Voetsjoeba | 9
Easing is a way of moving from one location to another,
so that the speed of the object that moves along its
track varies. This tutorial will deal with a specific
type of easing called ‘Easing Out’; easing in a way so that the
object’s speed decreases as it nears its destination.
The complement of Easing Out is Easing In, and since
they are both similar, I will mention Easing In only in
passing towards the end of the tutorial.
Consider the following two examples to get a good grasp
of what the difference is between the two. Both
represent an object moving from the
left towards a destination on the right, but in two
different ways. The first one uses no easing at all ( a
constant speed ) to move to its destination, the second
uses ‘Easing Out’ to move to its destination. From now
on I will refer to ‘Easing Out’ as simply ‘easing’, for
the sake of consistency and readability.
The above example does not use any
easing. Notice how the square's speed stays constant
throughout the movement.
On the other hand, the above square
contains a slight easing. You should see the square
start to decelerate as it nears its destination.
So, easing as we’ll discuss it here is the way of moving
where an object slows down as it nears its goal. The key
to implementing this in Flash might be simpler than you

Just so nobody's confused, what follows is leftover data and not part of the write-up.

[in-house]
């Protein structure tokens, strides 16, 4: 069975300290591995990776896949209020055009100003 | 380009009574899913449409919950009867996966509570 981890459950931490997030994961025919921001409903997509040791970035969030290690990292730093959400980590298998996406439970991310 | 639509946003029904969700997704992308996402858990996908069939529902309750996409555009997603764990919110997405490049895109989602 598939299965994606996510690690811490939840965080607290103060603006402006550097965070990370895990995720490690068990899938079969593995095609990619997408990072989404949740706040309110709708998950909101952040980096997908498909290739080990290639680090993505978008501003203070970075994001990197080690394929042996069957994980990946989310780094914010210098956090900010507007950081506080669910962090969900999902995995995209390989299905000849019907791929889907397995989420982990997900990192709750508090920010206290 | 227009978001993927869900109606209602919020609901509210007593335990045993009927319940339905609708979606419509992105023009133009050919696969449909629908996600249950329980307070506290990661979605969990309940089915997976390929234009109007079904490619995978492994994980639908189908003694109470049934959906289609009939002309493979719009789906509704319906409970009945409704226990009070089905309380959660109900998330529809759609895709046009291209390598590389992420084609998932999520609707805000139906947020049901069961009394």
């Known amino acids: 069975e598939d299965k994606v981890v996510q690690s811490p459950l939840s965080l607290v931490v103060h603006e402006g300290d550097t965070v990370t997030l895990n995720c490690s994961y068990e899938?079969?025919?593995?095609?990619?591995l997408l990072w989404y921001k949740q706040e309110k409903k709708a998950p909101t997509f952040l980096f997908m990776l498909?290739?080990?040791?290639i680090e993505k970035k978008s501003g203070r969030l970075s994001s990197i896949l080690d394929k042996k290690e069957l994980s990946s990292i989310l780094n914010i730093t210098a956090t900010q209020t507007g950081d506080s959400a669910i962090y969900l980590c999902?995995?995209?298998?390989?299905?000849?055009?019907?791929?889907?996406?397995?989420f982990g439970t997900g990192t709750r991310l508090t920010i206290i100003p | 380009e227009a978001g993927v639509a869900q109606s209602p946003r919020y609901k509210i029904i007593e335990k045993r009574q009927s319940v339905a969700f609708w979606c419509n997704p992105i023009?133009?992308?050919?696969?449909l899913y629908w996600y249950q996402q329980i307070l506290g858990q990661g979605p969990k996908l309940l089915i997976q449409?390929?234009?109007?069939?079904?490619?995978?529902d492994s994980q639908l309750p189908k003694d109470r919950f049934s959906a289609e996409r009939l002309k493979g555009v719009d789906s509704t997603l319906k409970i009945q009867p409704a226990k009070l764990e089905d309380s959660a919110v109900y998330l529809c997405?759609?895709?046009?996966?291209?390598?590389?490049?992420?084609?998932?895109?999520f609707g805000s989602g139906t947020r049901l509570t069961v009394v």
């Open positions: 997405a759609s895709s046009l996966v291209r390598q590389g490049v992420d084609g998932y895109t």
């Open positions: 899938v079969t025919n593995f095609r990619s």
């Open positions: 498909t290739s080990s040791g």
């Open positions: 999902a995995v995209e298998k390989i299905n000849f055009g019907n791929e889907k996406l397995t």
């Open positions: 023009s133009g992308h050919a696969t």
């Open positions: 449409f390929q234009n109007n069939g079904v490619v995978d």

thought. What happens is basically you take the distance
between the object and its destination, divide it by a
number greater than 1, and you now have a distance that
is smaller. We then move our object to be at the newly
calculated distance from its destination, and repeat
this reduction as long as necessary.
Why does this make it ease? Well, since we’re dividing,
the greater the distance is between the object and its
destination, the greater the difference in calculated
distance will be in absolute terms. Put otherwise: the
closer the object gets to its goal, the smaller the
distance to the goal is. The smaller the distance to the
goal, the smaller the distance will be that we
calculate. The smaller the distance is that we
calculate, the less we move the object moves towards its
goal. Thus we have easing movement.
That might sound a bit confusing. Consider the following
example: we have an object that is currently at position
0, and we want to ease it to position 120. We must first
pick a number to divide each distance by, as this will
determine the speed of our easing motion. Let’s pick 2.
We can now follow these steps:
Take the distance between the
object’s current position and its destination
Divide this distance by 2
Move the object towards its
destination, so that it is the distance we
calculated in step 2 away from it.
Repeat Step 1
Indeed, this is a loop, every iteration
through it updating the object’s position. To clarify
how it works, here’s a visual representation. The line
on the left indicates the object’s starting position
(0), and the line on the right indicates the object’s
destination (120). The orange line represents the
object’s new position, calculated by dividing the
distance between current position and destination by 2.
Considering that you can go on and on, always dividing
the distance by 2 (don’t worry about ending the loop
yet), we get the following movement pattern:
Now that you have an understanding of how to think
about easing out effects, let's delve into how easing
can be implemented in Flash.